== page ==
Self-driving car engineer drove cross-country without touching steering wheel

December 21, 2018

Ex-Waymo engineer Anthony Levandowski could have dozed off as he made a coast-to-coast trip behind the wheel of a self-driving test car. He claims to have not touched the steering wheel of the car when it was on the highway between San Francisco and New York City, a 3,009-mile distance. 

The milestone trip was to promote Levandowski's Pronto.AI technology, which he started after his time with Google-owned Waymo. Levandowski's past is checkered with controversy, however. The former engineer was accused of stealing trade secrets at Waymo and leaving to start Otto, a self-driving truck startup company. Uber quickly bought Otto, and Waymo said the company took Levandowski's stolen secrets with him.

Post-lawsuit, Levandowski has focused on his latest company, Pronto.AI. To showcase the technology's potential, he set out on a 3,000-mile trip with the technology installed on a Toyota Prius, The Guardian reported last week. The car handled itself the entire time during the trip, and Levandowski only took control to stop for fuel.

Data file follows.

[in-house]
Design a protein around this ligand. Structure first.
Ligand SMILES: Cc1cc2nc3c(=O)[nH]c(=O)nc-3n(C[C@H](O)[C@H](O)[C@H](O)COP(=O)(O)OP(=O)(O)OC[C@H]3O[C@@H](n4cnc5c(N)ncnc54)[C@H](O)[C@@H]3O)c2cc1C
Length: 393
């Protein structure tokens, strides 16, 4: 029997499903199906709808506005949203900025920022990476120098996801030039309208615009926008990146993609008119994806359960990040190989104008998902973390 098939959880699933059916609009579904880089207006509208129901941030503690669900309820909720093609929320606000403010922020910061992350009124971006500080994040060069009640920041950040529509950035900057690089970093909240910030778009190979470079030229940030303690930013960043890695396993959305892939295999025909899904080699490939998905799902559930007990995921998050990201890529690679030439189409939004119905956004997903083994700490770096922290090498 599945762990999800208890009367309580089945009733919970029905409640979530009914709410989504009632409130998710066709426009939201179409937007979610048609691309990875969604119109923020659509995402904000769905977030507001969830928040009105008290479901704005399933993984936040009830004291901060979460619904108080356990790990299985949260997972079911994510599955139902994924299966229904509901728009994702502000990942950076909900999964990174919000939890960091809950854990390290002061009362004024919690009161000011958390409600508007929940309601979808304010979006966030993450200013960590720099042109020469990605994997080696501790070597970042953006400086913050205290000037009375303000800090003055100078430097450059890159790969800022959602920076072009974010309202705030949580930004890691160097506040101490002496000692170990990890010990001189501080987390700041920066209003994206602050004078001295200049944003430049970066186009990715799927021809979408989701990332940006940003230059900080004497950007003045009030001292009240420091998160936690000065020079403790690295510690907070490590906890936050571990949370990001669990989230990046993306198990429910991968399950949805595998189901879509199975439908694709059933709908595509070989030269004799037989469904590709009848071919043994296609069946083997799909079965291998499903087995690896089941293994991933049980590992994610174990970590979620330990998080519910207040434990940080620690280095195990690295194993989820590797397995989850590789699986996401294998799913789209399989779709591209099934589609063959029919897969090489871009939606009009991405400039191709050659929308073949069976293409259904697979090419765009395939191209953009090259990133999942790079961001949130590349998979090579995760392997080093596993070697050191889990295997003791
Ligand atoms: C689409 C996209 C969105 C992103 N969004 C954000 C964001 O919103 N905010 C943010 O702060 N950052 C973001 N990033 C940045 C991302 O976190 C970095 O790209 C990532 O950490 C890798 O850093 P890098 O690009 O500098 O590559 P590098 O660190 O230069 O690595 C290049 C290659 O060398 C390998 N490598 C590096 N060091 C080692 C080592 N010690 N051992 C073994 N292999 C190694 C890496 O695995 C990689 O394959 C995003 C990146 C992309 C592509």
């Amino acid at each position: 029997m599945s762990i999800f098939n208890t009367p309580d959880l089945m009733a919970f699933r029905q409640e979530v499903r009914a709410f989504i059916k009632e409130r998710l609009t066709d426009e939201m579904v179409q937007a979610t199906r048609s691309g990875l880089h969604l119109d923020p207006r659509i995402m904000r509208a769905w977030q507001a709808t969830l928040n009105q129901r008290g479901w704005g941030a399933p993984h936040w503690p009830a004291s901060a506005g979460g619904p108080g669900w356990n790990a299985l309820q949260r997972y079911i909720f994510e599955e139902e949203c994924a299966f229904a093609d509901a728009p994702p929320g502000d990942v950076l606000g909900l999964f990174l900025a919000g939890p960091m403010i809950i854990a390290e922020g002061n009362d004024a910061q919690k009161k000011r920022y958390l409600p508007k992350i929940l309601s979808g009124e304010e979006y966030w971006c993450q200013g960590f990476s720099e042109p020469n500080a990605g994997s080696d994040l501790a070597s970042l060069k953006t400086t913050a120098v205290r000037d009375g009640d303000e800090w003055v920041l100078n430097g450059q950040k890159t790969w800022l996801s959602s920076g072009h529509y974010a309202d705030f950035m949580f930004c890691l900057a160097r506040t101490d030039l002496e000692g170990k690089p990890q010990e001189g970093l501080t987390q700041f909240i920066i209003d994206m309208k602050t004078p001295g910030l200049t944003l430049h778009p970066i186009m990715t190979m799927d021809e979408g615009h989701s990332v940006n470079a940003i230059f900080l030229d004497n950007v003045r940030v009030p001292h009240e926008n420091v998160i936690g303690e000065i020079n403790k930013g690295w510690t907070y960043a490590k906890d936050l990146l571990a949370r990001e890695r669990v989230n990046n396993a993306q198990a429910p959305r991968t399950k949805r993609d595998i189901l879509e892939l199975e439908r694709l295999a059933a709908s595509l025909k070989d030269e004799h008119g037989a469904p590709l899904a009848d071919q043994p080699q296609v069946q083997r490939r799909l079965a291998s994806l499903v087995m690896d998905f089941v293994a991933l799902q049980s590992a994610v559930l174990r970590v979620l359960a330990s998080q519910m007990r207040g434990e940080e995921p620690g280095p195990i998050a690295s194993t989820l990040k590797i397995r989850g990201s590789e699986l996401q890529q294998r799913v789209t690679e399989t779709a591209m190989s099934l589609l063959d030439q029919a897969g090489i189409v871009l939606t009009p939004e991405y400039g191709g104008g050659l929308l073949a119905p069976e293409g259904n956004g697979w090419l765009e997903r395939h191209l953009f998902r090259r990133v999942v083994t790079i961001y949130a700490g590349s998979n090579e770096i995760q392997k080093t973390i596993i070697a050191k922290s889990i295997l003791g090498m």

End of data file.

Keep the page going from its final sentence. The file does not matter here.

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Pronto.AI doesn't want to start testing its own self-driving cars, though. Instead, Levandowski said the technology will form the basis for new advanced safety systems. His target is the trucking industry. What makes the system unique from other self-driving technology is it only uses six cameras to take in information from the road—but not lidar, which forms the basis of other advanced self-driving tehnologies. In fact, the engineer said lidar isn't what holds the technology back, but software to understand the vast amounts of data feeds relay back to the car.

In his company's technology, a computer stored in the trunk runs two neural networks to process the data. One network recognizes lane markings, signs, and other obstacles. The second actually takes the information and controls the car to operate the throttle, brakes, and steering.

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However, the system only works on the freeway and is not programmed to handle city streets, much like General Motors' Super Cruise system offered on Cadillac models. Pronto.AI calls its technology Level 2 self-driving technology.

The company plans to offer the system for $5,000 next year to install on semi trucks to make the lives of truckers easier.

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